Right smack in the heart of the modern era Avenue of the Arts, a 114-year-old Gothic Revival church stands as a dedication to its predecessors, even as newer, bigger neighbors have come, gone, and come again. The Chambers-Wylie Memorial Presbyterian Church survived many ups and downs throughout the 20th Century, its newest life approaching its first decade as the Broad Street Ministry.
In 1825, a 27-year-old devout yet unordained minister named John Chambers came to Philadelphia and founded what was briefly known as the Ninth Presbyterian Church and later became the First Independent Presbyterian Church of Philadelphia, operating outside the purview of the city’s Presbytery. Immediately one of the most popular churches in town—it later counted John Wanamaker among its members—the congregation moved into a new edifice on the northeast corner of Broad and Sansom, a sparsely populated area at the time. By the 1850s, the church had expanded the building to its full size and transformed it into a Greek Revival temple with ionic columns (architect unknown, but a later addition was carried out by James Windrim). In 1873, John Chambers, near the end of his life, decided that the only way to keep the congregation going after he was gone was to join the Presbyterian Church of Philadelphia. After doing so, the church was then reborn as the Chambers Presbyterian Church. He died soon after.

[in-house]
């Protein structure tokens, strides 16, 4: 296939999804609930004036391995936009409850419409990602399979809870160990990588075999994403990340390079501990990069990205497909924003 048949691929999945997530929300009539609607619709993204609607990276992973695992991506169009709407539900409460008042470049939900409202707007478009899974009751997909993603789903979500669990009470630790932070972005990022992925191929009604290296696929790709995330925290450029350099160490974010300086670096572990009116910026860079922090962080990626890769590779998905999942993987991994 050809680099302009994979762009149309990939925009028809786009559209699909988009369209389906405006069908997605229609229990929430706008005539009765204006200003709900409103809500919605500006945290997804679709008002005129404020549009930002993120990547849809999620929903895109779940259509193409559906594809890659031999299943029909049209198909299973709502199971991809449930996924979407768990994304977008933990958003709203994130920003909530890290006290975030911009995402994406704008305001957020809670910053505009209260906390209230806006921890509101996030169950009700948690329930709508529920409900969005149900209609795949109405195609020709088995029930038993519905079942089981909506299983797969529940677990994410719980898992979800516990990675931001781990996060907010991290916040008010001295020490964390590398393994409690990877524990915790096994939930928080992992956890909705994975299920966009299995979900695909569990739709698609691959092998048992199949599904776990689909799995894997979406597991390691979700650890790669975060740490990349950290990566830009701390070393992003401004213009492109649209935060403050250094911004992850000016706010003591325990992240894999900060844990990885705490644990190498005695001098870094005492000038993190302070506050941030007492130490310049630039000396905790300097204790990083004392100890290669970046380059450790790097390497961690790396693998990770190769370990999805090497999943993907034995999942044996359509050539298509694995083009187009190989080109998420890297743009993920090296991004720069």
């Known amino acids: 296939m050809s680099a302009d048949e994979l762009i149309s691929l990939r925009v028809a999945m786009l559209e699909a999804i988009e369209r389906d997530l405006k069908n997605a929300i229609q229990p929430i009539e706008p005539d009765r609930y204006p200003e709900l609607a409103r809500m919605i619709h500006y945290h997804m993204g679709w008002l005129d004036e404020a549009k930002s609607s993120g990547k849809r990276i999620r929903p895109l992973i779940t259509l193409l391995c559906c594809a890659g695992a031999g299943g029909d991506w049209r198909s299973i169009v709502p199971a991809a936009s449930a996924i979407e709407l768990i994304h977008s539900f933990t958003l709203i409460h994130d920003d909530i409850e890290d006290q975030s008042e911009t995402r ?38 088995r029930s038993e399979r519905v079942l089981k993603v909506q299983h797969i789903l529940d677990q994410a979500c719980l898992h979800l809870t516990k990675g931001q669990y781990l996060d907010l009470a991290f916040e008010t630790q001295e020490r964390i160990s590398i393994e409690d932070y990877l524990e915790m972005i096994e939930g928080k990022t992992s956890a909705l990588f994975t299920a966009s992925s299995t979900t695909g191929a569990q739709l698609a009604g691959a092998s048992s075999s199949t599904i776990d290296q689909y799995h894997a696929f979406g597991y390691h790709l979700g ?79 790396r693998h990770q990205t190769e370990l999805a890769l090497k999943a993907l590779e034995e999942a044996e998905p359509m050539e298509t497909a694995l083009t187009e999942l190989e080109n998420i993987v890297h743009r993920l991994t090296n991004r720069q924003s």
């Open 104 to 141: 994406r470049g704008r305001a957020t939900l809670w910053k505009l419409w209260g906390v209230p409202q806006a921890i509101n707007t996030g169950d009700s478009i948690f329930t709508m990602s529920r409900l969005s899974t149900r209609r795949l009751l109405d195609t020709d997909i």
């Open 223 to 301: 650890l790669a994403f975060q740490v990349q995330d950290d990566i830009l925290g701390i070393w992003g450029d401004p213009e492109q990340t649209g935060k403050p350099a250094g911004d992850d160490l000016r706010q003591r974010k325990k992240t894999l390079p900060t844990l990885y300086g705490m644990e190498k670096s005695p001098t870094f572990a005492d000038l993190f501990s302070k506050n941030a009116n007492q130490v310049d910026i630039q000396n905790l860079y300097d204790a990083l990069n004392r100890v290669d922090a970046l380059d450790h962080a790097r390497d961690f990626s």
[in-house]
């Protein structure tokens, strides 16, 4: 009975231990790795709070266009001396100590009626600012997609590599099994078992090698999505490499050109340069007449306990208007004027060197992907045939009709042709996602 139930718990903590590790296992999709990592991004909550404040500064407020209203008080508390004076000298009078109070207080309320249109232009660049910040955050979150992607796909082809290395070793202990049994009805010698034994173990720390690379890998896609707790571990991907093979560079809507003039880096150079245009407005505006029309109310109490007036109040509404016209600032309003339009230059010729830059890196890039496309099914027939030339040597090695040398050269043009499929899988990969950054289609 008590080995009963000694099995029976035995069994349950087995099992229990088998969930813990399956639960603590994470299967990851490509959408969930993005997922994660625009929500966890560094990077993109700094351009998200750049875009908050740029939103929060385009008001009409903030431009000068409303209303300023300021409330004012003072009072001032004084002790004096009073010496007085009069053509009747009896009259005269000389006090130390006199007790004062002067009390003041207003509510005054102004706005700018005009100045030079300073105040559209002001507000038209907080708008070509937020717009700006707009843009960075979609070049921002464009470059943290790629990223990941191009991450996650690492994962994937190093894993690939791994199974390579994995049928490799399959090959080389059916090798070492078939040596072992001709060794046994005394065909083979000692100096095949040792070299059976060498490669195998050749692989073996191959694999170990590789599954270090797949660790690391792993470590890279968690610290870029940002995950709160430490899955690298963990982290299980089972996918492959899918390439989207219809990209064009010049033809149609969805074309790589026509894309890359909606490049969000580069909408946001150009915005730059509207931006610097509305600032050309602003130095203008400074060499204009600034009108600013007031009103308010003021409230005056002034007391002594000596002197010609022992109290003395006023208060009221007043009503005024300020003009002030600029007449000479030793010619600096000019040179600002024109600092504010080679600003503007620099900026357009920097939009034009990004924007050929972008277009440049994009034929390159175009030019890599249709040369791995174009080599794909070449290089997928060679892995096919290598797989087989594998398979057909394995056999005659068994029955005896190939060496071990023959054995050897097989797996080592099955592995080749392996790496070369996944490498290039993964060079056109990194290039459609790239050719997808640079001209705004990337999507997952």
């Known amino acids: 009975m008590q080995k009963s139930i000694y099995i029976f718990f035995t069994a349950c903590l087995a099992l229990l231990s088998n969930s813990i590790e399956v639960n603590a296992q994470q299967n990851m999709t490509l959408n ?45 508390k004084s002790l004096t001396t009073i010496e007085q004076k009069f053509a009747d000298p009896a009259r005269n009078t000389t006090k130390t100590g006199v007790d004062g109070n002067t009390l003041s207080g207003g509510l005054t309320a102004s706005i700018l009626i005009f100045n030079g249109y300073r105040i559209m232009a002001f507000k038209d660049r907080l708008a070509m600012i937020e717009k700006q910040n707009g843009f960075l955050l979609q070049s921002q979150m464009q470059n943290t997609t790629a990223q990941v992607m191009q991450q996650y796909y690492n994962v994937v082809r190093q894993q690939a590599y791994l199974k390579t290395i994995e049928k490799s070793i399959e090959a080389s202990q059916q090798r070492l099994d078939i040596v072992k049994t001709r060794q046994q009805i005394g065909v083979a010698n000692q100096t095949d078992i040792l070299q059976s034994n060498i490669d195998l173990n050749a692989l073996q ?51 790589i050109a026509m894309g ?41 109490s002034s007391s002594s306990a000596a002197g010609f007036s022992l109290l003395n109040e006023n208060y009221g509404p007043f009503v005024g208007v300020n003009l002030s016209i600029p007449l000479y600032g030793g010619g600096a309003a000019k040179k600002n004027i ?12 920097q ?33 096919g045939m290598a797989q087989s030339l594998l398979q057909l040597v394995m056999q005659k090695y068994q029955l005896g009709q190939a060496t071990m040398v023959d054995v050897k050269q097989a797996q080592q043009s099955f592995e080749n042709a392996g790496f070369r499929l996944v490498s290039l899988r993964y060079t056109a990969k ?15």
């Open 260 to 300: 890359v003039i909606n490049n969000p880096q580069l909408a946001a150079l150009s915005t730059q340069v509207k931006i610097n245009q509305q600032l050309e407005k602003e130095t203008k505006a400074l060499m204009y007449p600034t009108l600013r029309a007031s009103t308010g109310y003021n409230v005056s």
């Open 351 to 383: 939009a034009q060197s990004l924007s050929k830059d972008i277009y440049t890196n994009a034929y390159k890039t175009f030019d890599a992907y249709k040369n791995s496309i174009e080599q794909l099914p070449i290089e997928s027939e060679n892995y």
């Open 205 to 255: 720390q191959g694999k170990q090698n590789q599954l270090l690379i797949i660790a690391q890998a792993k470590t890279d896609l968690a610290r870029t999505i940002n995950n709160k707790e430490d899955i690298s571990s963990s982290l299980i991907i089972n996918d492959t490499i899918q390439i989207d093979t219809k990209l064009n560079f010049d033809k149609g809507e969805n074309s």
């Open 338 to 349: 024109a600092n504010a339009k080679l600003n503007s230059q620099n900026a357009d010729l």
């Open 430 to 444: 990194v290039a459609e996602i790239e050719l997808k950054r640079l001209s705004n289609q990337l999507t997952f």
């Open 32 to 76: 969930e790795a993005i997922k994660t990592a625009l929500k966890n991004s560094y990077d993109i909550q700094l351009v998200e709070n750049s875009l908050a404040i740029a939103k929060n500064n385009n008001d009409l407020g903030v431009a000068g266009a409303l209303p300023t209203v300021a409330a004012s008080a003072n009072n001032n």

The Wylie Memorial Church, built at 315-27 South Broad Street in 1854 as the First Reformed Presbyterian Church, was named for Rev. Dr. Samuel T. Wylie in 1885 upon its joining with the General Assembly of the Presbyterian Church. Wylie was a pastor and teacher who preached at this congregation over its many different iterations since 1802. His son, Rev. Dr. Theodore W.J. Wylie, was pastor at the time.